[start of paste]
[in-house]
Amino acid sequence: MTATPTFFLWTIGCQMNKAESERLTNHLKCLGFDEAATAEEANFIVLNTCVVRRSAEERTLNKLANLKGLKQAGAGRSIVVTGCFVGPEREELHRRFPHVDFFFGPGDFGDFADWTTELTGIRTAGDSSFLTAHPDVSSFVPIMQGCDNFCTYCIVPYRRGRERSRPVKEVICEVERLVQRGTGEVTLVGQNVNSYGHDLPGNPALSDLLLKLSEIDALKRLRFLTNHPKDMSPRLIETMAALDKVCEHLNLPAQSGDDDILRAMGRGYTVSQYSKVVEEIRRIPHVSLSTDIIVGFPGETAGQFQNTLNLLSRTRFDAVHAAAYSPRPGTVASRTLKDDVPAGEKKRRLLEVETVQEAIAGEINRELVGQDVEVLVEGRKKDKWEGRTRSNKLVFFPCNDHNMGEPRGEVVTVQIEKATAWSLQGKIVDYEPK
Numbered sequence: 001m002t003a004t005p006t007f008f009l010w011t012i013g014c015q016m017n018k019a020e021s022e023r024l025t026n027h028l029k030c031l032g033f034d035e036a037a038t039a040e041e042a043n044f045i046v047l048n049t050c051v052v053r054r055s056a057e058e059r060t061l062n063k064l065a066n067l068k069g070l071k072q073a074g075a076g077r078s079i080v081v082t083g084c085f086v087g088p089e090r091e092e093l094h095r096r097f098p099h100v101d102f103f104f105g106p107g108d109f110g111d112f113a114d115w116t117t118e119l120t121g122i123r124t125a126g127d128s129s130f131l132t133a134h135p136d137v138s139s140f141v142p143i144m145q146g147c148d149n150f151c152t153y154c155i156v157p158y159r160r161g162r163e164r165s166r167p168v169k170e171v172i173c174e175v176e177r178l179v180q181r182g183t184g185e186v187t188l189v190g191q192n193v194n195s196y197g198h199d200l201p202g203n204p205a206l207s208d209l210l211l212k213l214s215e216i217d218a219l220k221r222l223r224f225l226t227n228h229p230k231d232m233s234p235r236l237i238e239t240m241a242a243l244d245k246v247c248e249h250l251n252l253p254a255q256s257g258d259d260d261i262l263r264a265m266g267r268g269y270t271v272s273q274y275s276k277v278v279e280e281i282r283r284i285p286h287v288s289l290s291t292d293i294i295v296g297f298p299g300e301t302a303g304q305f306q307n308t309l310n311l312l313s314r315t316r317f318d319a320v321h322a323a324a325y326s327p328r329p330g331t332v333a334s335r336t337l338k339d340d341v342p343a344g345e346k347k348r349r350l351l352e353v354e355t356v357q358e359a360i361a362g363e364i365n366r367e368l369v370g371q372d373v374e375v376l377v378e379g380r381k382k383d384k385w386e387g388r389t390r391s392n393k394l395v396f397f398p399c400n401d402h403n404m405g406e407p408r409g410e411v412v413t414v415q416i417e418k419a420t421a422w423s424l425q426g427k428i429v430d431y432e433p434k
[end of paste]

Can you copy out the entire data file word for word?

[in-house]
Amino acid sequence: MTATPTFFLWTIGCQMNKAESERLTNHLKCLGFDEAATAEEANFIVLNTCVVRRSAEERTLNKLANLKGLKQAGAGRSIVVTGCFVGPEREELHRRFPHVDFFFGPGDFGDFADWTTELTGIRTAGDSSFLTAHPDVSSFVPIMQGCDNFCTYCIVPYRRGRERSRPVKEVICEVERLVQRGTGEVTLVGQNVNSYGHDLPGNPALSDLLLKLSEIDALKRLRFLTNHPKDMSPRLIETMAALDKVCEHLNLPAQSGDDDILRAMGRGYTVSQYSKVVEEIRRIPHVSLSTDIIVGFPGETAGQFQNTLNLLSRTRFDAVHAAAYSPRPGTVASRTLKDDVPAGEKKRRLLEVETVQEAIAGEINRELVGQDVEVLVEGRKKDKWEGRTRSNKLVFFPCNDHNMGEPRGEVVTVQIEKATAWSLQGKIVDYEPK
Numbered sequence: 001m002t003a004t005p006t007f008f009l010w011t012i013g014c015q016m017n018k019a020e021s022e023r024l025t026n027h028l029k030c031l032g033f034d035e036a037a038t039a040e041e042a043n044f045i046v047l048n049t050c051v052v053r054r055s056a057e058e059r060t061l062n063k064l065a066n067l068k069g070l071k072q073a074g075a076g077r078s079i080v081v082t083g084c085f086v087g088p089e090r091e092e093l094h095r096r097f098p099h100v101d102f103f104f105g106p107g108d109f110g111d112f113a114d115w116t117t118e119l120t121g122i123r124t125a126g127d128s129s130f131l132t133a134h135p136d137v138s139s140f141v142p143i144m145q146g147c148d149n150f151c152t153y154c155i156v157p158y159r160r161g162r163e164r165s166r167p168v169k170e171v172i173c174e175v176e177r178l179v180q181r182g183t184g185e186v187t188l189v190g191q192n193v194n195s196y197g198h199d200l201p202g203n204p205a206l207s208d209l210l211l212k213l214s215e216i217d218a219l220k221r222l223r224f225l226t227n228h229p230k231d232m233s234p235r236l237i238e239t240m241a242a243l244d245k246v247c248e249h250l251n252l253p254a255q256s257g258d259d260d261i262l263r264a265m266g267r268g269y270t271v272s273q274y275s276k277v278v279e280e281i282r283r284i285p286h287v288s289l290s291t292d293i294i295v296g297f298p299g300e301t302a303g304q305f306q307n308t309l310n311l312l313s314r315t316r317f318d319a320v321h322a323a324a325y326s327p328r329p330g331t332v333a334s335r336t337l338k339d340d341v342p343a344g345e346k347k348r349r350l351l352e353v354e355t356v357q358e359a360i361a362g363e364i365n366r367e368l369v370g371q372d373v374e375v376l377v378e379g380r381k382k383d384k385w386e387g388r389t390r391s392n393k394l395v396f397f398p399c400n401d402h403n404m405g406e407p408r409g410e411v412v413t414v415q416i417e418k419a420t421a422w423s424l425q426g427k428i429v430d431y432e433p434k